Strategy is a two way street, teams are edge sensors: detecting technology changes, production techniques, putting products in the hands of customers and gathering feedback. This allows learning and adaption. The organization as a whole is a learning entity: discovering customer need and mastering new capabilities. Teams have the authority to act in the best interests of the company and customers. Over time strategy emerges.

When OKRs do not reflect stated strategy it is a learning opportunity. Ask: why do team OKRs deviate from strategy?

Is the team seeing something which the strategists do not? – in which case the OKRs are signalling back from the edges to the centre.

Is the team able to follow strategy? – maybe it lacks skills or capacity, or maybe it is overloaded with “business as usual.”

Has the intended strategy has been clearly communicated? Or maybe there is no explicit strategy?

Strategy, OKRs and agility

OKRs, like other agile tools, are problem detectors exposing opportunities for improvement.

Perhaps obviously, the “Strategy as a plan” view is going to limit agile to a back-room delivery thing because it passes over the opportunities for feedback and centralises decision making. Conversely, the “Emergent strategy” view entirely compatible with devolved authority, independent teams, experimentation and “the agile mindset”.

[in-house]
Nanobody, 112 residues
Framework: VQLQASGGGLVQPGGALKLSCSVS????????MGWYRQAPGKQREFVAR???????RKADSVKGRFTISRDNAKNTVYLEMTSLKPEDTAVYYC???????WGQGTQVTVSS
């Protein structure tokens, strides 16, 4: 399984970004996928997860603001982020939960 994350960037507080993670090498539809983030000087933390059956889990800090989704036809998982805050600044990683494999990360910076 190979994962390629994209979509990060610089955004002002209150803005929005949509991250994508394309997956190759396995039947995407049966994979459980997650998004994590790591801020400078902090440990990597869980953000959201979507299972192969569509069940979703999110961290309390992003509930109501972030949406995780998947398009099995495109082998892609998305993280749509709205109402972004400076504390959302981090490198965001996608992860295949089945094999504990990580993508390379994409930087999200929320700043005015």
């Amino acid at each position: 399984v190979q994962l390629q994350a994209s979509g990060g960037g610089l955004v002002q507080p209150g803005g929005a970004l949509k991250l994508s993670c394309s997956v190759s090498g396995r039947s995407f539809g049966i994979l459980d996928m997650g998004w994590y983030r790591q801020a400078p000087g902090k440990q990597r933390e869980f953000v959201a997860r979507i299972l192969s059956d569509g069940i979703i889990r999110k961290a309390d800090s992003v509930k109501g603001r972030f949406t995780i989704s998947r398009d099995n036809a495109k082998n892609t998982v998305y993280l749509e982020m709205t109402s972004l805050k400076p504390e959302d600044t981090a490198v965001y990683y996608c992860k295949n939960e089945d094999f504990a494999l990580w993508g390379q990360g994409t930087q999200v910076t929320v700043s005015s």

When teams act on their own initiative the organization will be more agile. When teams wait for instructions everyone is less agile. There may be a price for agility: teams may repeat work, teams may pursue the “wrong” goals but the price of that efficiency is lost agility which costs in missed opportunities and improvements.

If you want high levels of efficiency and believe in planned strategy you will look to decide strategy and align OKRs with the strategy before you do anything else. However, that results in less agility.

If you want to using OKRs and maximise agility then you need to take an emergent view of strategy. In many ways, we back to the Theory X or Theory Y question.